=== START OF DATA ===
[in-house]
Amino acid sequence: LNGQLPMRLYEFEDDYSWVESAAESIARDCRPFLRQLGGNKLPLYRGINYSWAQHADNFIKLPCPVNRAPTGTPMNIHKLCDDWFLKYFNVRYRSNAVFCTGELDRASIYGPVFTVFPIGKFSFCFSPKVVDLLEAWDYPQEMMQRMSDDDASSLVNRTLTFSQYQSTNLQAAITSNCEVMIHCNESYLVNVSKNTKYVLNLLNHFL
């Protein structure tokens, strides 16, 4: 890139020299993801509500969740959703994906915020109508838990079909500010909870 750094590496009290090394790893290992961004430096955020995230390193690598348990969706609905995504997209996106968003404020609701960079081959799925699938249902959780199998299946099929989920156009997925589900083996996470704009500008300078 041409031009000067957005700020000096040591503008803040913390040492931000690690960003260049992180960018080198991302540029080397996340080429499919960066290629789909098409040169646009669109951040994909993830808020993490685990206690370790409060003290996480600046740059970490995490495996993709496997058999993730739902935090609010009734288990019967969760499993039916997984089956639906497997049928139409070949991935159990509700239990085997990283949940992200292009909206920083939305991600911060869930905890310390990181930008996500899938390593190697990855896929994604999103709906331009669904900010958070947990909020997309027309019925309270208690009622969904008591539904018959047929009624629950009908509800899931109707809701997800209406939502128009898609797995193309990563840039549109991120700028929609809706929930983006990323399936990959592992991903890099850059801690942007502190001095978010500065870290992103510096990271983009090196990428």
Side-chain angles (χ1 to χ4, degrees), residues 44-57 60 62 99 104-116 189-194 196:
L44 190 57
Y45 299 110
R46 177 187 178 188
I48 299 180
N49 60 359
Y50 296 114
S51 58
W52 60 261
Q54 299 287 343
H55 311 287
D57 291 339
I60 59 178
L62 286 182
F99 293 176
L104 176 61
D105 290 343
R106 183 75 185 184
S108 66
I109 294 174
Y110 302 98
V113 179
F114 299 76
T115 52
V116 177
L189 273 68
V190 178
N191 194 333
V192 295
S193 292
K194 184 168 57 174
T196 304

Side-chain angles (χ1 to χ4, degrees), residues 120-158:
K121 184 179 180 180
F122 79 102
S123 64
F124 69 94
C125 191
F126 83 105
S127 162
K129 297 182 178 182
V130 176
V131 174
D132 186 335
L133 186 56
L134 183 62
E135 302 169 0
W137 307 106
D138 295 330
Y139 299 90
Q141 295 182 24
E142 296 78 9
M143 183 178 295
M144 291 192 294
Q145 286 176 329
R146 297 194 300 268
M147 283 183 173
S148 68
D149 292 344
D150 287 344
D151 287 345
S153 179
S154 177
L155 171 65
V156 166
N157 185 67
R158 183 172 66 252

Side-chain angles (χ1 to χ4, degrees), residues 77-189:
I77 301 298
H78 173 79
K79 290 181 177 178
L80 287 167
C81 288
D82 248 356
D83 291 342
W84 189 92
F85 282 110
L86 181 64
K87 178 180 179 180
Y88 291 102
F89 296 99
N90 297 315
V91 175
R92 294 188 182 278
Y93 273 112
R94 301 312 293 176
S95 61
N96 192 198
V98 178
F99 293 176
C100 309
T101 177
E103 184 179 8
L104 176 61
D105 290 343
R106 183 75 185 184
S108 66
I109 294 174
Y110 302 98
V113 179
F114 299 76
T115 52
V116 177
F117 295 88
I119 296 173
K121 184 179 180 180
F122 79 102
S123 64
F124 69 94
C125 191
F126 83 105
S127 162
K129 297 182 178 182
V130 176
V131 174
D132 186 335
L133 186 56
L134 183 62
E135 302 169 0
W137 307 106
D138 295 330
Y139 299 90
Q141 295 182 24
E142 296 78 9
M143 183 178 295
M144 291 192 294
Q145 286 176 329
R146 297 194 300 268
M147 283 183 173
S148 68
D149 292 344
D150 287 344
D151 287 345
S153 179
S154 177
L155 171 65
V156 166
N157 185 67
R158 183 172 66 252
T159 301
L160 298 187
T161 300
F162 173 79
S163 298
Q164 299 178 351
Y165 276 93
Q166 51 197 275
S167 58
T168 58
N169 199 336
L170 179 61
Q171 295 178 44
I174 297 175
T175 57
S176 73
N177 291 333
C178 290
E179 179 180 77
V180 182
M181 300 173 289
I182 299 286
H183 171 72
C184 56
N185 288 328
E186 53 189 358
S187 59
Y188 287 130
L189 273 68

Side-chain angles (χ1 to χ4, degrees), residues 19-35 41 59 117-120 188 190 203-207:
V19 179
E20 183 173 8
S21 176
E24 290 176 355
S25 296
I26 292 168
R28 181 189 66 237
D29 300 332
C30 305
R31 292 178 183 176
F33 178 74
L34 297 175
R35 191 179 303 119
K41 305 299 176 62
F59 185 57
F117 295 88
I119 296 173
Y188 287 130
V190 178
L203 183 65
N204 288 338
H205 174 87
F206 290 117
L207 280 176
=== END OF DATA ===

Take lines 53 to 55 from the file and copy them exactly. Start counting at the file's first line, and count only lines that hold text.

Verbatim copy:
Y139 299 90
Q141 295 182 24
E142 296 78 9